Alex bought me this cactus last fall when we moved into our new house.  This is it's very first bloom.  Since I took this photo, it's produced 22 more blooms.  Each blossom lasts for only a day.

For the past 7 weeks, Alex has been doing a "Couch to 5K" running program.  She's never run before, but she's completed all of the runs on the schedule, with no real problems.  Her first 5K is July 21st, and I'm excited for her.  Unfortunately, I'll be coming back from California that day, so I won't be able to see her run.


I broke down and splurged for a generator hub, headlamp, and taillight back in May.  It came in handy for the 600K.  Too bad it didn't get me to the end.


 This Seculight taillight is really bright.  It has a stand light (it'll stay on when the generator isn't turning) that lasts for several minutes. 

Here's the rando-rig set for action.  Man, I really love riding this bike.  Just the right size.  And it's tight and responsive, yet its 26 year-old chrome-moly frame makes a smooth ride.  I have de-fendered it for club rides.

I've ridden this bike on several 200K rides this spring.  I want to switch the pedals to an SPD-SL type, but nobody makes those pedals with French threads.  I've googled this, and a site I found said the solution is to re-tap the cranks with a 9/16 - 20 die!  I've tried lots of things, but I'm not going to ruin this crankset.  It's way too nice, and the toe clips aren't so bad after all.  I'd like to put fenders on this bike, but there isn't enough clearance from the top of the front wheel to the underside of the fork crown.  Maybe I can find a fork that'll fit this bike (and my budget) so I can install fenders.


Lately I've been thinking seriously about buying a brand new bike.  I'd like to be able to keep up with the lead riders, who have feather-light carbon bikes.  Just about everyone I ride with here in town has a new (or not-so-old) bike.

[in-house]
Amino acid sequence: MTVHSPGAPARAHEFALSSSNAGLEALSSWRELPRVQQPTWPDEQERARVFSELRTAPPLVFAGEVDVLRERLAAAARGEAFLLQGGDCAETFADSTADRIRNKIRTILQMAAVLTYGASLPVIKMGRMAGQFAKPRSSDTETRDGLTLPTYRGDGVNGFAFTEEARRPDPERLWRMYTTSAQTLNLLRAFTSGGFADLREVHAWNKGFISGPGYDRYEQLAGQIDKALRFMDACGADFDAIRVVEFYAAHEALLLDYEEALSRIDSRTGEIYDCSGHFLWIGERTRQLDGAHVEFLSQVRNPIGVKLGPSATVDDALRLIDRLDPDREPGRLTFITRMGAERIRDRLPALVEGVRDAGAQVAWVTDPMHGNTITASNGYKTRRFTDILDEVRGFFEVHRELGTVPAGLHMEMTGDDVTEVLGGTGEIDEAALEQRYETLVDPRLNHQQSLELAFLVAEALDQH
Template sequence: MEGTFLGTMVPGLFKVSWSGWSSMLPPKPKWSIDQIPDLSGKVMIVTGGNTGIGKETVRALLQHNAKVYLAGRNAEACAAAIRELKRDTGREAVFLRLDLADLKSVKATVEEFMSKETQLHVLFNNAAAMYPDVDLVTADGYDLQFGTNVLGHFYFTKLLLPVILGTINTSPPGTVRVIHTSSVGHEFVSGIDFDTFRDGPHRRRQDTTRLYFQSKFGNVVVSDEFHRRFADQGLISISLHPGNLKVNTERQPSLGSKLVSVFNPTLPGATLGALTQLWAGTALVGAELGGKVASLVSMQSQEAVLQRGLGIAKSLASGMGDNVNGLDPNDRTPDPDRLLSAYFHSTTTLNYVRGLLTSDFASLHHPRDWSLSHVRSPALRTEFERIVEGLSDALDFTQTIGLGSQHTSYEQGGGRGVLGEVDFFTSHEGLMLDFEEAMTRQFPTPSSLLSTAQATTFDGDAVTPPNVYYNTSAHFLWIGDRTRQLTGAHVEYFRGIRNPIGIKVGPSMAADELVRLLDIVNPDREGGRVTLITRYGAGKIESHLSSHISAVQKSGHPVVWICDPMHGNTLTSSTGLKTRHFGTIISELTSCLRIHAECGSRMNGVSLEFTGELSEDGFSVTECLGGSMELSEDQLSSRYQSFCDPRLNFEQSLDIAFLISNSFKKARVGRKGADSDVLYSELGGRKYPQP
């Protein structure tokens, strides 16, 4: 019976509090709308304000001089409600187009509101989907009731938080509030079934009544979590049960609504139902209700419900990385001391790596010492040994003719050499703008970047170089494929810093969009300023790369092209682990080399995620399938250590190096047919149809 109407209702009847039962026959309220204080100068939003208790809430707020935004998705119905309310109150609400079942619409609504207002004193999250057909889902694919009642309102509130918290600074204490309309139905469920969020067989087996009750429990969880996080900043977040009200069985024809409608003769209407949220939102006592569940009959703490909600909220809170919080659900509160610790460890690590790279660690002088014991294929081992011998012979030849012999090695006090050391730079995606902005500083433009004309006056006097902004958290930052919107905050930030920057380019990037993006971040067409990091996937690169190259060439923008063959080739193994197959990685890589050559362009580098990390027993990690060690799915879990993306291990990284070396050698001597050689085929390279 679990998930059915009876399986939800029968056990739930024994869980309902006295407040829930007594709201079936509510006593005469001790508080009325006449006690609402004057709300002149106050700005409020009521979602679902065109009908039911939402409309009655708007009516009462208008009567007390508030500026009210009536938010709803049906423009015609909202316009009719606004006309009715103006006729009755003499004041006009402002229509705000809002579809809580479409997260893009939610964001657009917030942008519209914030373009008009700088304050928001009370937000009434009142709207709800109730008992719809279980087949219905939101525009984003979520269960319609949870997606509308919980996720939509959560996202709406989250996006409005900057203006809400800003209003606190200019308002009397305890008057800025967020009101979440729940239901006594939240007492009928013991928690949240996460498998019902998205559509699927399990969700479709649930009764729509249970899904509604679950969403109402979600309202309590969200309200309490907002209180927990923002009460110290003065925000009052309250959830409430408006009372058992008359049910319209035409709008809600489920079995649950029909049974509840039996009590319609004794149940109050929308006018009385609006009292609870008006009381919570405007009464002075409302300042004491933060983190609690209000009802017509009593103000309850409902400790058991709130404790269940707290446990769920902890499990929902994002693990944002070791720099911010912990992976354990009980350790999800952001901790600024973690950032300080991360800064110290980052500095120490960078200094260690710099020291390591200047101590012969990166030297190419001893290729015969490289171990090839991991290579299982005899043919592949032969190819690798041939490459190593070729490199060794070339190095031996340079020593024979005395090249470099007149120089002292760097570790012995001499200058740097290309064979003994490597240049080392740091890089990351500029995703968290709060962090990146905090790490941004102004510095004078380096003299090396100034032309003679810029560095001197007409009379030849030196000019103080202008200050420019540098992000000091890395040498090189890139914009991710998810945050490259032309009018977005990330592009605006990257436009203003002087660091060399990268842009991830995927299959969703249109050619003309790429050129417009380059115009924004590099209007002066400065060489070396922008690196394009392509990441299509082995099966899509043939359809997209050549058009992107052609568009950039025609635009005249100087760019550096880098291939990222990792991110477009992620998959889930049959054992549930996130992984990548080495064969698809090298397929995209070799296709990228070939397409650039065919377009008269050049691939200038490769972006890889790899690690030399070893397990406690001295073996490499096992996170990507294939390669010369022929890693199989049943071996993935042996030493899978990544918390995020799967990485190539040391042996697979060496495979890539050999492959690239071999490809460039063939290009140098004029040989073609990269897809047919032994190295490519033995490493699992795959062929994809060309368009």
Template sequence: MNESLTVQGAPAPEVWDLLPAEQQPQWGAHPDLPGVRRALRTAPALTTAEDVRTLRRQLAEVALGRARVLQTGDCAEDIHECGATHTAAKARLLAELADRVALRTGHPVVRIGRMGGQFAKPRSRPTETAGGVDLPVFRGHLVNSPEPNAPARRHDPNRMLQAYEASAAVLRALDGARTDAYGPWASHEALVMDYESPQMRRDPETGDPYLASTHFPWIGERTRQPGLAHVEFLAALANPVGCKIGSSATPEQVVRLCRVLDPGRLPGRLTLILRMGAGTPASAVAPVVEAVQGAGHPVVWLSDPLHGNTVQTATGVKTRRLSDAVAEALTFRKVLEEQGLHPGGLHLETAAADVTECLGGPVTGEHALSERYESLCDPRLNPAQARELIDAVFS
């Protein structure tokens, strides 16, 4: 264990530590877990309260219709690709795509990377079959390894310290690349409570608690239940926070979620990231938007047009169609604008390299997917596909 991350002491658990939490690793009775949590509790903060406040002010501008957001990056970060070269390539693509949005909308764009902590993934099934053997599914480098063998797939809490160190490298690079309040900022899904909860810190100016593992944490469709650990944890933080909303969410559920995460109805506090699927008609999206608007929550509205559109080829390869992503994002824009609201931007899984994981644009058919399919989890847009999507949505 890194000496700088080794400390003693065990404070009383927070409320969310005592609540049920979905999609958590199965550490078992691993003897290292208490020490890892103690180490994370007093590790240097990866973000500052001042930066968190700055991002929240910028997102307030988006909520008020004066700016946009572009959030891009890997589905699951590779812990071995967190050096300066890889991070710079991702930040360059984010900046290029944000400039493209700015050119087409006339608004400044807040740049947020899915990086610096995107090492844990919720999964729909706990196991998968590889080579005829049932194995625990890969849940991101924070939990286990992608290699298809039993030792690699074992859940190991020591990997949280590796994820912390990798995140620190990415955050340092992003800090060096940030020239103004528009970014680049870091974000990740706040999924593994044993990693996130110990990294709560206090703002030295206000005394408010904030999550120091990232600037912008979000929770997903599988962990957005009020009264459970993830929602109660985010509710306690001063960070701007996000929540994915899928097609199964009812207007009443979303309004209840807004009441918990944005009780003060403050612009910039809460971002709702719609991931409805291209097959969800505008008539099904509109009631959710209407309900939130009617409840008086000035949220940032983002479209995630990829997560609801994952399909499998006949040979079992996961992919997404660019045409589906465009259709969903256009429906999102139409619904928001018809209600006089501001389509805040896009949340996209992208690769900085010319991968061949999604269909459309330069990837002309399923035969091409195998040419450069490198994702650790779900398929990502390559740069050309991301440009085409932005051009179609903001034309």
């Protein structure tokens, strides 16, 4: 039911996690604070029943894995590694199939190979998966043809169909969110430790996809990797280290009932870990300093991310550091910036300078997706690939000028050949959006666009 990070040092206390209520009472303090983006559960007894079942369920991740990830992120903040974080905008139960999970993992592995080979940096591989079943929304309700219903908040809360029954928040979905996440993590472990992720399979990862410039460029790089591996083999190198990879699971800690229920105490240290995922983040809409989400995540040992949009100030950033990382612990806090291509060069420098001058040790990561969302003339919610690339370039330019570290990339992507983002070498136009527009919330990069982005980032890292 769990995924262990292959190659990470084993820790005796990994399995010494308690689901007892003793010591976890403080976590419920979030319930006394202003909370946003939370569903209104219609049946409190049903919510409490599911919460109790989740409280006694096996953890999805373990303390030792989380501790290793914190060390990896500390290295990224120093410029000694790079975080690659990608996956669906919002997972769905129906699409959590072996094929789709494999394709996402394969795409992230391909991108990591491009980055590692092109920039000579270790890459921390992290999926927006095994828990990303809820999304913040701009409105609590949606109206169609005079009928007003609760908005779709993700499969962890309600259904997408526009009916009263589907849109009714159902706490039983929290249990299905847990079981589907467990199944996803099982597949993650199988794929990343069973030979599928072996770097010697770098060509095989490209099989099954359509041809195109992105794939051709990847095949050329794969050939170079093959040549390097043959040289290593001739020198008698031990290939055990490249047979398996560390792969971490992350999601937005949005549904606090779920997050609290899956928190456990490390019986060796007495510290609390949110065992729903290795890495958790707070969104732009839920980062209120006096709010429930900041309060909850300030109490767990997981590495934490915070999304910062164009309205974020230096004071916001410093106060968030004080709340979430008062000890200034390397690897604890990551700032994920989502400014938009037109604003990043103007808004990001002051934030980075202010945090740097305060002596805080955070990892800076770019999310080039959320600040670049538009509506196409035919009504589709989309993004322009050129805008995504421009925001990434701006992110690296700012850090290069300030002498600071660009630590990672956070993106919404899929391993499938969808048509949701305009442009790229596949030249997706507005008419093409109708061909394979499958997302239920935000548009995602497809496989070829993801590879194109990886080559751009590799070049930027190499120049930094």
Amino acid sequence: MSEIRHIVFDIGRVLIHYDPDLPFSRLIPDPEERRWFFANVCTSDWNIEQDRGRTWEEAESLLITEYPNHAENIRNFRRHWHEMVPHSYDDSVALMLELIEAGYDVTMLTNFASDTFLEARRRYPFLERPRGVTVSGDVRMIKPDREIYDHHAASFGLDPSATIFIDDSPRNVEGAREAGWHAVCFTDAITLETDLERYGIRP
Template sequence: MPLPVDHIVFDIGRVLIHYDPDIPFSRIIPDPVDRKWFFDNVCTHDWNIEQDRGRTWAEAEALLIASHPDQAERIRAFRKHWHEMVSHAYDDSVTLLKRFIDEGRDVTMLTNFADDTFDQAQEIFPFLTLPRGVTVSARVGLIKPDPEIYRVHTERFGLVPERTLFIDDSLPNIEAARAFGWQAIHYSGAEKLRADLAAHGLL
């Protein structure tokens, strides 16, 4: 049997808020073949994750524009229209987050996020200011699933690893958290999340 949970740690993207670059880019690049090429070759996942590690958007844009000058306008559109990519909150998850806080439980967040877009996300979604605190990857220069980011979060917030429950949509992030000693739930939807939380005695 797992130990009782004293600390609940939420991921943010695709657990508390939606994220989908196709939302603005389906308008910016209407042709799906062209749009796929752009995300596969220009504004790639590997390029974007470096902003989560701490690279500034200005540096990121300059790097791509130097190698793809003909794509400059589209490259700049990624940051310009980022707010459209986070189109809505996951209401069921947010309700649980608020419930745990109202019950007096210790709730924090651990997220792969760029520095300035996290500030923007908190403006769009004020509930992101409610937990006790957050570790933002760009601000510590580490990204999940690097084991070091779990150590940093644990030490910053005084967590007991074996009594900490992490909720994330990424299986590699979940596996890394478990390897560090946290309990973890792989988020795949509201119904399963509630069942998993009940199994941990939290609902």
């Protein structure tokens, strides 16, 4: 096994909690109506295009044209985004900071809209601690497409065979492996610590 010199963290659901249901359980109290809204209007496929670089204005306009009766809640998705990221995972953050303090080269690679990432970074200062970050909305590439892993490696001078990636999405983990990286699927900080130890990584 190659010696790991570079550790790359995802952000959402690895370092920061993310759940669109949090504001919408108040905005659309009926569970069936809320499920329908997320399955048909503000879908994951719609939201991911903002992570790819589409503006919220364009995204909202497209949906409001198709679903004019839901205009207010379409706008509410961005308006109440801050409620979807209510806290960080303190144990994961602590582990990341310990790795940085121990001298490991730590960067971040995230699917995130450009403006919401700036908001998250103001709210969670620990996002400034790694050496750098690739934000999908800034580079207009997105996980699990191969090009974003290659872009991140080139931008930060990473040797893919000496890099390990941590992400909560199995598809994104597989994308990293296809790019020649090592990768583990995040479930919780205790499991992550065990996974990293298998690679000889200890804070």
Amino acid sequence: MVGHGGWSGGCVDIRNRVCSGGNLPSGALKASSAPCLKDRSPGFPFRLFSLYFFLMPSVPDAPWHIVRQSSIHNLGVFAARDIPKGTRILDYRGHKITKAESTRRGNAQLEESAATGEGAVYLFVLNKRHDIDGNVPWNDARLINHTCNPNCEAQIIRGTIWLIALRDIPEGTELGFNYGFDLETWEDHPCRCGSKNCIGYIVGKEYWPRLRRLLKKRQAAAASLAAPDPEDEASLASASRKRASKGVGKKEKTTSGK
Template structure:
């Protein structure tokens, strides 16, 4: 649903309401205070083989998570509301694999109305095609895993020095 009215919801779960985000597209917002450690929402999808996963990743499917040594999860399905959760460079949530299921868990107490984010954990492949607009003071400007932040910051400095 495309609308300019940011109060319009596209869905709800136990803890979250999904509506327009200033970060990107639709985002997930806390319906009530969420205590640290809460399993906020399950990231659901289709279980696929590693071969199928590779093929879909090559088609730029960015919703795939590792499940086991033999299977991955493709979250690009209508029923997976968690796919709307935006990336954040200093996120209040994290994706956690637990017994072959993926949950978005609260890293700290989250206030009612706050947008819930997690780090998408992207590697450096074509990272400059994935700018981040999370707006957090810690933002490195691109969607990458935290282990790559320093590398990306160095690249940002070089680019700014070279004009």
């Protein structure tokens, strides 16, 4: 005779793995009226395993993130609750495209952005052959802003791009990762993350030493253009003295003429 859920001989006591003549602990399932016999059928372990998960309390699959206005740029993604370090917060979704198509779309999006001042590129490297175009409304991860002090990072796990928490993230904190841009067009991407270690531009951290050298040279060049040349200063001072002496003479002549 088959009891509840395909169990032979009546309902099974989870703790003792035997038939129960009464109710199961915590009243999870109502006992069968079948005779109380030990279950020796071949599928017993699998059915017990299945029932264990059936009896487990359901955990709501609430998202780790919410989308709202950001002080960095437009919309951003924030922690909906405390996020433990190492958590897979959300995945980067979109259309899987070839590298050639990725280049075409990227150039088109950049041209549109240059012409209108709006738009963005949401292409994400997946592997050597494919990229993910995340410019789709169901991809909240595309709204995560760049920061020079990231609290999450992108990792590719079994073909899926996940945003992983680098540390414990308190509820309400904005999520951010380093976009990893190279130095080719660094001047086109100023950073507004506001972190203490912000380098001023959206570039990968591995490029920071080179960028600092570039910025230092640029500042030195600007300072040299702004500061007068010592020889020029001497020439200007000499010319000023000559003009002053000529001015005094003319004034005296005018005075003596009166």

Fortunately, I received my Bicycle Quarterly, and Jan's simple, but eloquent message hit home.  Jan says that, for the most part, bikes are bikes.  While weight is an important factor, it is not the most important.  The most important factor is the power the rider can generate on the bike.  So, I don't need a new bike.  There's nothing wrong with the bikes I have! 

Just the 200lb motor that sits on the bike.  And I'm working at getting more power.

I hope all you folks out there in the blogosphere are well.  I will try to be a little more regular at posting.  Thanks Ron and Jon for checking with me.

Happy biking!

Monday, April 30, 2012

 Being a second-year randonneur, a toddler, if you will, every ride is a learning experience for me.  I was honored to ride with the Tri-State Randonneur Fleche Team for the Ohio 2012 Fleche Ride.  Each of the other four members are seasoned randonneurs, so I was a little nervous at the start about how I would ride, especially toward the end, after we'd been on the road for many, many miles.

Makato re-seating his tire - 5 miles after the start.  Loveland, Ohio

 Article 1 of the Rules for the Fleches-USA from the Randonneurs USA website explain the basic idea of a fleche ride the best: "The Flèches-USA are 24-hour randonnées held in various regions of the United States during the spring. The traditional event date is Easter weekend, but it may be held from one week before Easter until seven weeks after. The Flèches-USA are administered by Randonneurs USA (RUSA) and its Regional Brevet Administrators (RBA). These rides are patterned after the Flèche Vélocio held by the Audax Club Parisien (ACP) in France".